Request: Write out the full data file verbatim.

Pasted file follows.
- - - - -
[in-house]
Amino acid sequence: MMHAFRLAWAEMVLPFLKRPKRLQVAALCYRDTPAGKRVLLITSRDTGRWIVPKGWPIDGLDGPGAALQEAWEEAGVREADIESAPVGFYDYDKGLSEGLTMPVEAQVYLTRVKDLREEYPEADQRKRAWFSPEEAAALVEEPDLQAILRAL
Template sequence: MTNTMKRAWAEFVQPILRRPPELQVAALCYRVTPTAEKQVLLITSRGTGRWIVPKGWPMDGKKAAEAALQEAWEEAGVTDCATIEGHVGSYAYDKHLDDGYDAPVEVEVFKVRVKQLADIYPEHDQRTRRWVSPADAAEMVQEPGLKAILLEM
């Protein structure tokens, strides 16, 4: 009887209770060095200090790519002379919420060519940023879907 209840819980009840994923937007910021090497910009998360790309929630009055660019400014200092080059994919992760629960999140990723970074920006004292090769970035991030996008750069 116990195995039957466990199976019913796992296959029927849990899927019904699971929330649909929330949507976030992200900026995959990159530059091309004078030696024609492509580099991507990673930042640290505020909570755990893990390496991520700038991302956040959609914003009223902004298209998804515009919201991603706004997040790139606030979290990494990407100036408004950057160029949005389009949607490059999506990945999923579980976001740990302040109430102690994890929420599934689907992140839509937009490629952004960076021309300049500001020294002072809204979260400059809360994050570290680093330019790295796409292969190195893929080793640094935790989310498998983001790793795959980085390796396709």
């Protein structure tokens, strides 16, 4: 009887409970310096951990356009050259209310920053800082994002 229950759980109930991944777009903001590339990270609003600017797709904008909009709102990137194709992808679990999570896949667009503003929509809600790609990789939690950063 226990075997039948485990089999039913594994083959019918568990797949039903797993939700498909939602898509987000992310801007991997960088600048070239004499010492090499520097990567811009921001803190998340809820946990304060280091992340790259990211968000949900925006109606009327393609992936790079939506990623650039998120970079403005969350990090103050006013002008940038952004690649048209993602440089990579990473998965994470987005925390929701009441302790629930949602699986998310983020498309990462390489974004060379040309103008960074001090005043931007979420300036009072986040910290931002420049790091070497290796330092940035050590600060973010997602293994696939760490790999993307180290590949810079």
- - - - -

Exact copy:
[in-house]
Amino acid sequence: MMHAFRLAWAEMVLPFLKRPKRLQVAALCYRDTPAGKRVLLITSRDTGRWIVPKGWPIDGLDGPGAALQEAWEEAGVREADIESAPVGFYDYDKGLSEGLTMPVEAQVYLTRVKDLREEYPEADQRKRAWFSPEEAAALVEEPDLQAILRAL
Template sequence: MTNTMKRAWAEFVQPILRRPPELQVAALCYRVTPTAEKQVLLITSRGTGRWIVPKGWPMDGKKAAEAALQEAWEEAGVTDCATIEGHVGSYAYDKHLDDGYDAPVEVEVFKVRVKQLADIYPEHDQRTRRWVSPADAAEMVQEPGLKAILLEM
């Protein structure tokens, strides 16, 4: 009887209770060095200090790519002379919420060519940023879907 209840819980009840994923937007910021090497910009998360790309929630009055660019400014200092080059994919992760629960999140990723970074920006004292090769970035991030996008750069 116990195995039957466990199976019913796992296959029927849990899927019904699971929330649909929330949507976030992200900026995959990159530059091309004078030696024609492509580099991507990673930042640290505020909570755990893990390496991520700038991302956040959609914003009223902004298209998804515009919201991603706004997040790139606030979290990494990407100036408004950057160029949005389009949607490059999506990945999923579980976001740990302040109430102690994890929420599934689907992140839509937009490629952004960076021309300049500001020294002072809204979260400059809360994050570290680093330019790295796409292969190195893929080793640094935790989310498998983001790793795959980085390796396709």
């Protein structure tokens, strides 16, 4: 009887409970310096951990356009050259209310920053800082994002 229950759980109930991944777009903001590339990270609003600017797709904008909009709102990137194709992808679990999570896949667009503003929509809600790609990789939690950063 226990075997039948485990089999039913594994083959019918568990797949039903797993939700498909939602898509987000992310801007991997960088600048070239004499010492090499520097990567811009921001803190998340809820946990304060280091992340790259990211968000949900925006109606009327393609992936790079939506990623650039998120970079403005969350990090103050006013002008940038952004690649048209993602440089990579990473998965994470987005925390929701009441302790629930949602699986998310983020498309990462390489974004060379040309103008960074001090005043931007979420300036009072986040910290931002420049790091070497290796330092940035050590600060973010997602293994696939760490790999993307180290590949810079």